So far as the order may allow for contracting out the provision of panels as more conventionally provided by local authorities, I am not aware of any particular disquiet, although at first sight it may appear to cause
The only concern, therefore, that one might have about how the order may work in practice is that there should be machinery to maintain standards. What responsibility in practice will local authorities retain over contracted-out panels and what monitoring in practice will there be to ensure that standards are maintained?
Baroness Cumberlege: My Lords, I am grateful to both the noble Lords, Lord Rea and Lord Meston, for their support for the modest proposal that is before us. Perhaps I may just pick up one or two points that were made by the noble Lord, Lord Rea. He was concerned that the right calibre of people should come forward for the very difficult role played by guardians. We know that in nearly all parts of the country at least 90 per cent. of guardians can be appointed within 24 hours of a request from a court. We believe therefore that there are sufficient numbers around.
Independence is a very important point. Indeed, courts throughout the country have expressed complete satisfaction with that aspect of the guardian service. Most social services departments have also found that guardians were able to form an independent judgment and report to the court accordingly. However, I know that research published in 1994 by the Family Rights Group and around the same time by the socio-legal centre in Bristol, showed that certain parents may perceive guardians as not being independent. In their view, all social workers stick together. All those criticisms of a guardian's perceived lack of independence must be balanced by the same research by parents who came to the opposite conclusion. Our conclusions therefore are that they do a good job and remain independent.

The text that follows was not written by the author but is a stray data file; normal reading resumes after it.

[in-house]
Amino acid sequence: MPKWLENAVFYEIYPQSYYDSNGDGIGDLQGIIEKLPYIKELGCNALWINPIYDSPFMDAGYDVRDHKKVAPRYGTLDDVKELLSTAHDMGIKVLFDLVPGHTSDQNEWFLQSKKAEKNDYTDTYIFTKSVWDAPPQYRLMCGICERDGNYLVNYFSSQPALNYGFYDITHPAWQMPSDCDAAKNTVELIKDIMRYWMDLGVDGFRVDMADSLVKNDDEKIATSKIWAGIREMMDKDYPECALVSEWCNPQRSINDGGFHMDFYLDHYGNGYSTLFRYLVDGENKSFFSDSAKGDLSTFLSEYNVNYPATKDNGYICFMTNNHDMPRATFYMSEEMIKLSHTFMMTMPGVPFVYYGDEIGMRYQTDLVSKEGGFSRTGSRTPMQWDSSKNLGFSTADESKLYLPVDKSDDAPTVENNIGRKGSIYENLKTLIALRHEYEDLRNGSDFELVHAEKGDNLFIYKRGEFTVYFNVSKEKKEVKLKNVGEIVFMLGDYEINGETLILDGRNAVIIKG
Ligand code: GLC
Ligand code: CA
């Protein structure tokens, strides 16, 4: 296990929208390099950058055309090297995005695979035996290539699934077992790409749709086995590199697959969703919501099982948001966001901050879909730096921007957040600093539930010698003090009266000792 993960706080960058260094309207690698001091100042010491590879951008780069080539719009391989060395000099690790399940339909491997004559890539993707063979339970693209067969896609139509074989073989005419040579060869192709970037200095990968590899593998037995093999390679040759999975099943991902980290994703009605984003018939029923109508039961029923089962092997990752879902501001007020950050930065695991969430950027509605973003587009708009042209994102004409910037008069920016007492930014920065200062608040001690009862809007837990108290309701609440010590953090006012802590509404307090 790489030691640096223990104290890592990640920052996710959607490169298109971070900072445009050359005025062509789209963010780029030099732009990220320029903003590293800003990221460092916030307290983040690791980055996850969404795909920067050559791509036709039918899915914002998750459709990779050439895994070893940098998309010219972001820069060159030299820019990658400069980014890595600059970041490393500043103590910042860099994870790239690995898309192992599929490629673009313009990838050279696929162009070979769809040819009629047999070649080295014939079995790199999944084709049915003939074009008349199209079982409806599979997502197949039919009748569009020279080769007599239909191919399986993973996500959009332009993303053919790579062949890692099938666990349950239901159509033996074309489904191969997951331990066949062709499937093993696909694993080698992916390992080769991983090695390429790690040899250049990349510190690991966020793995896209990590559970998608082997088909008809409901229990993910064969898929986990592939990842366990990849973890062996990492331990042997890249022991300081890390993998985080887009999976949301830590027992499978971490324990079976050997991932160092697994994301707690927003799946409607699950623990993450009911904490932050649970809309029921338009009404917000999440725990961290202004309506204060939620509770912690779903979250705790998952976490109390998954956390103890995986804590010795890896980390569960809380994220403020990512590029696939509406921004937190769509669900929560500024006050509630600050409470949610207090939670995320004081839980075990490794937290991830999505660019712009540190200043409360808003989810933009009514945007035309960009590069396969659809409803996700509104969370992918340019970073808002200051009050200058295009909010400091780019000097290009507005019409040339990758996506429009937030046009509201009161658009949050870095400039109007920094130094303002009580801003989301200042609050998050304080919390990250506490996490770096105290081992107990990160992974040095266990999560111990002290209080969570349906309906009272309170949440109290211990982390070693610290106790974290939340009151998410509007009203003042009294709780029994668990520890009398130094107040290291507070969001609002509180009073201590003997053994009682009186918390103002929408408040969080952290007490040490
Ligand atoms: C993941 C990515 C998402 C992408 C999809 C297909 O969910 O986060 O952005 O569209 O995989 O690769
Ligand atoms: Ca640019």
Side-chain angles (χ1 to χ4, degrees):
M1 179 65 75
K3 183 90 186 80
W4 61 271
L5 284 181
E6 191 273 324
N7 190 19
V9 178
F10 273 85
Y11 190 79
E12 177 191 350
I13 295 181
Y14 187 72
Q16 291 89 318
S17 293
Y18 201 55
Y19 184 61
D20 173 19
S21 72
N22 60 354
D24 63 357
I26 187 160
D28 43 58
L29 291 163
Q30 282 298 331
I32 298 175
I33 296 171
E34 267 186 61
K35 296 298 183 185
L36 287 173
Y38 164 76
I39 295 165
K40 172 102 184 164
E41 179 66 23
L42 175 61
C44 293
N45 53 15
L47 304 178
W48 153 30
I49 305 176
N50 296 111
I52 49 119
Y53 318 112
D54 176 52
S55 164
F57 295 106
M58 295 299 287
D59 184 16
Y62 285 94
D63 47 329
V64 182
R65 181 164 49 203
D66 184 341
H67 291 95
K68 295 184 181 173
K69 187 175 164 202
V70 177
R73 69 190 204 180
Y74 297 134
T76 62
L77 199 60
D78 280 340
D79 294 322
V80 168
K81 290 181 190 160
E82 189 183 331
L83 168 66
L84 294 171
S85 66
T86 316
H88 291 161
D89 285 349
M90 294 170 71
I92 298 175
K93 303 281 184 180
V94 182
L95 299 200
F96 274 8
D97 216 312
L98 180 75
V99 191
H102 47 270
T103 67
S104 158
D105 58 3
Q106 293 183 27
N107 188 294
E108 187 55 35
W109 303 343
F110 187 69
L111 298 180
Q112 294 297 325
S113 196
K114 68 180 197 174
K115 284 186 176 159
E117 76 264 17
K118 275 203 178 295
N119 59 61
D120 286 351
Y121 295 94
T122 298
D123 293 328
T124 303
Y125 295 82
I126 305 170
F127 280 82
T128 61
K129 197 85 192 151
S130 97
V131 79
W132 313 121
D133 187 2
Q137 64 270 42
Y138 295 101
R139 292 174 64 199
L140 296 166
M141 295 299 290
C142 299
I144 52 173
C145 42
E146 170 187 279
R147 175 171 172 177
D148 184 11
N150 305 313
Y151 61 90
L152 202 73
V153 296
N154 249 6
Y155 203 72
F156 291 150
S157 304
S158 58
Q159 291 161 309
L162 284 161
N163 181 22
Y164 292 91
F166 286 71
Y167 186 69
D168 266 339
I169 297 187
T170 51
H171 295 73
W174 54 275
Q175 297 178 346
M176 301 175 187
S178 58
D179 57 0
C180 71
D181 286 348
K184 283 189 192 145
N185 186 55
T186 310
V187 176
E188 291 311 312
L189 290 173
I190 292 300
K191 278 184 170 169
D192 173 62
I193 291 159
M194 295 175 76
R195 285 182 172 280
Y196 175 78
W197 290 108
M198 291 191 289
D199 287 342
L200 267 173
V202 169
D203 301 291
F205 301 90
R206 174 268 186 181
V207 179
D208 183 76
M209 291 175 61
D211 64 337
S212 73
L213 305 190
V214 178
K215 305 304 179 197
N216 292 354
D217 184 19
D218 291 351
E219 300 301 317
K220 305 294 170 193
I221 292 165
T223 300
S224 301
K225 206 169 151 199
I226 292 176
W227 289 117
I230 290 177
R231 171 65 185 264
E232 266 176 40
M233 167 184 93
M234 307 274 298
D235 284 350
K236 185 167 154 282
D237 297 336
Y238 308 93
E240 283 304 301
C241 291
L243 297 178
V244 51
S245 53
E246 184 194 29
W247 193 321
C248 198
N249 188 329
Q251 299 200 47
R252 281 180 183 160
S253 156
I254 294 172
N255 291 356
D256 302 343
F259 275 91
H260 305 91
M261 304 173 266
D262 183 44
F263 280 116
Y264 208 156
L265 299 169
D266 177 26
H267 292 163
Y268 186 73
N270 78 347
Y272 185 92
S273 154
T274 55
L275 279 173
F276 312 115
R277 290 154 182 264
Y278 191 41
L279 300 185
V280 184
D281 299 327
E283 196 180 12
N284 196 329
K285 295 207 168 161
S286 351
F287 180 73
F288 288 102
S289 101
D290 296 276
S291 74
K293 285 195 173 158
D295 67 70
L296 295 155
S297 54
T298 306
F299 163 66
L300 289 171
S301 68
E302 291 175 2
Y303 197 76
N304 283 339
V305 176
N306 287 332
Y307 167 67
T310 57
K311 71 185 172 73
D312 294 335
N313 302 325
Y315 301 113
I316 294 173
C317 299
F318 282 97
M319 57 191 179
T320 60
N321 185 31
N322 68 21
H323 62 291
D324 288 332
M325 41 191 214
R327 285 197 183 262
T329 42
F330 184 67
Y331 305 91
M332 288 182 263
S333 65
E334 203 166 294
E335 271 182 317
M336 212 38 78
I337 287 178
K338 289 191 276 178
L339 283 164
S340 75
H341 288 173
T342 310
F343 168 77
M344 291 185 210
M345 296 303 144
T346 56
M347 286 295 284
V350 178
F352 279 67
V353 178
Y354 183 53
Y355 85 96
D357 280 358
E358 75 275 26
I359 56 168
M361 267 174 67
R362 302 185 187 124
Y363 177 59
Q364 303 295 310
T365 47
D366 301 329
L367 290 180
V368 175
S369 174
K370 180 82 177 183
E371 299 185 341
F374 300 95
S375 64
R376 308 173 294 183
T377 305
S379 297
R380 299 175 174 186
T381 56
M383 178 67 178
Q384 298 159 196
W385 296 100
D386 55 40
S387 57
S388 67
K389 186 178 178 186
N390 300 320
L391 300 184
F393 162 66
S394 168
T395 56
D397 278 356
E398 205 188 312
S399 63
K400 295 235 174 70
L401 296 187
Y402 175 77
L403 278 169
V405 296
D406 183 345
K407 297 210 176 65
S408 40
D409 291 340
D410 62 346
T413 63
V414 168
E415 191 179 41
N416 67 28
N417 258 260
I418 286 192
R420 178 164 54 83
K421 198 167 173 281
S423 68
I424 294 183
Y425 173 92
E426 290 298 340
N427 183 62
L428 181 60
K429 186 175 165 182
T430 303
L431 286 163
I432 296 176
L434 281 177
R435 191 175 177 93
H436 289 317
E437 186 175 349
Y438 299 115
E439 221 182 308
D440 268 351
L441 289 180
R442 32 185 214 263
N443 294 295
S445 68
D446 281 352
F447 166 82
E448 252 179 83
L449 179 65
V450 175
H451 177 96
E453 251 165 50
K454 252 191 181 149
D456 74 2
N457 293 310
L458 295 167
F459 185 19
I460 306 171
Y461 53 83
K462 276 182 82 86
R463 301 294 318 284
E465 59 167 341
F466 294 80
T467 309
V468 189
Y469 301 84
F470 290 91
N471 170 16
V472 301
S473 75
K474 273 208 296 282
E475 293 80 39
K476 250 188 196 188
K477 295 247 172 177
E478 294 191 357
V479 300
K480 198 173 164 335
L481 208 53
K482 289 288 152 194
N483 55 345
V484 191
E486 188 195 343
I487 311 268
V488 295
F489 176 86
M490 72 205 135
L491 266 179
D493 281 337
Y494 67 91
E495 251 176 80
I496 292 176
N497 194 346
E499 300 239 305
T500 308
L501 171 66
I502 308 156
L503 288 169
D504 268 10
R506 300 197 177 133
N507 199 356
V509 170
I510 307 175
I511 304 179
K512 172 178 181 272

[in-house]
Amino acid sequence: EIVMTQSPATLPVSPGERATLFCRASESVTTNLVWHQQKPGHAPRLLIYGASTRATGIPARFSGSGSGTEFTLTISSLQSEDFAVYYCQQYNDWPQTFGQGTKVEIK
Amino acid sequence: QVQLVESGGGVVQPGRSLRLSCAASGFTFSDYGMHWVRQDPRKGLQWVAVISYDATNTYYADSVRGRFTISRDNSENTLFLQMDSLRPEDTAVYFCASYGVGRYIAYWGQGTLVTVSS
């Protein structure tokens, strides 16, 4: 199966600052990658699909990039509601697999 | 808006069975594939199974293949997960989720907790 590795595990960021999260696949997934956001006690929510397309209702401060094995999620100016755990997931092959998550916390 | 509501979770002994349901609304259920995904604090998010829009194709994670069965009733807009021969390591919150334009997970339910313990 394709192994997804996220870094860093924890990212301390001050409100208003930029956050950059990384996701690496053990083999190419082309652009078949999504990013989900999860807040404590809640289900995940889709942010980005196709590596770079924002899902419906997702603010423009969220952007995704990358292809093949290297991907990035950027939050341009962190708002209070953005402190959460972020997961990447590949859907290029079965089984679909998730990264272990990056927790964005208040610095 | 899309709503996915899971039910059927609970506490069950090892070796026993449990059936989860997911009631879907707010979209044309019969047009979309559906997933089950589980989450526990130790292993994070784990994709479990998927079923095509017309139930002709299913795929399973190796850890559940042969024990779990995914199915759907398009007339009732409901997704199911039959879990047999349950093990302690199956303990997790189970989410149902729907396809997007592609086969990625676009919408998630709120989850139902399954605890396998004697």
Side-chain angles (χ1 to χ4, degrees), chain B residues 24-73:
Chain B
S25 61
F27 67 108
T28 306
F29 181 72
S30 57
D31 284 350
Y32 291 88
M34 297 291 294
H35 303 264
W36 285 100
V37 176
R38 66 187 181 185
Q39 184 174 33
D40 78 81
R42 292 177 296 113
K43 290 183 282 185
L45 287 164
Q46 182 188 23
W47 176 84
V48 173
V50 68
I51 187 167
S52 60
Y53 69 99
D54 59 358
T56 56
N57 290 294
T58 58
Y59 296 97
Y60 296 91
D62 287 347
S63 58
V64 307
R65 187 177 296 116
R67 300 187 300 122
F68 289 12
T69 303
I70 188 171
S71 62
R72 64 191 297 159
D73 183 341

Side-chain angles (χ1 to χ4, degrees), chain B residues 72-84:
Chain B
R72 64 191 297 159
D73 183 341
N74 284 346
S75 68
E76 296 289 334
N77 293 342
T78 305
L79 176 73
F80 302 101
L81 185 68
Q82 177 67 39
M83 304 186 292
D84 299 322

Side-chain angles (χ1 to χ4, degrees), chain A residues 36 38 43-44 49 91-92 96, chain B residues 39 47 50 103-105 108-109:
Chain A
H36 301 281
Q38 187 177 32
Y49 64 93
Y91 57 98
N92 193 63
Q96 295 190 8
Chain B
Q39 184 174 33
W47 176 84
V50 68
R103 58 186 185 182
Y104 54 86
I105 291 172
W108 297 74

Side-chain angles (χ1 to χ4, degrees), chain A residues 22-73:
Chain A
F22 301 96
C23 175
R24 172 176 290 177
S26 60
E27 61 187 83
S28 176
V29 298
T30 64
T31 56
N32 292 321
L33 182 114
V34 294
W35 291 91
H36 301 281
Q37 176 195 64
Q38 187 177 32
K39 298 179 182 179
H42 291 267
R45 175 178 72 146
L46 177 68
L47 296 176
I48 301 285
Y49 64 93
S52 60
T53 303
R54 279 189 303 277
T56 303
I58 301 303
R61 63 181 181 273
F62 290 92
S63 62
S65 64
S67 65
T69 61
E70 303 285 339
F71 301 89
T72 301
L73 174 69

The financial aspect of the new proposals is something that local authorities will need to take into consideration when looking at bids for contracting out. It is difficult for us at the moment to quantify the possible savings or perhaps additional costs which can separately be attributed to whether or not the guardian service is contracted out. Most costs will be the same because they relate to the number of cases referred by the courts which require a guardian and the length and complexity of each case. There may be some marginal savings in senior management time in the local authority, which will be less involved in the service. But those too will need to be set against any cost of setting up and monitoring of the contract.
The noble Lord, Lord Meston, was anxious to know that the contracts will be properly monitored. I am sure that they will. Local authorities will want to ensure, as they still hold that responsibility, that it is being carried out appropriately. Indeed, the legal responsibility on guardians remains the same. The framework and
We believe that it is a good service and that the proposals before your Lordships tonight will give a little more choice to local authorities. The service enjoys a high reputation for skilled and effective work in the courts and the order offers sensible clarification of legal powers to contract out the provision which, as the noble Lord, Lord Rea, was saying, many local authorities are already doing. It increases the choice of options available to local authorities which wish to provide the service to a high standard and in as economical a way as possible. I commend the order to the House.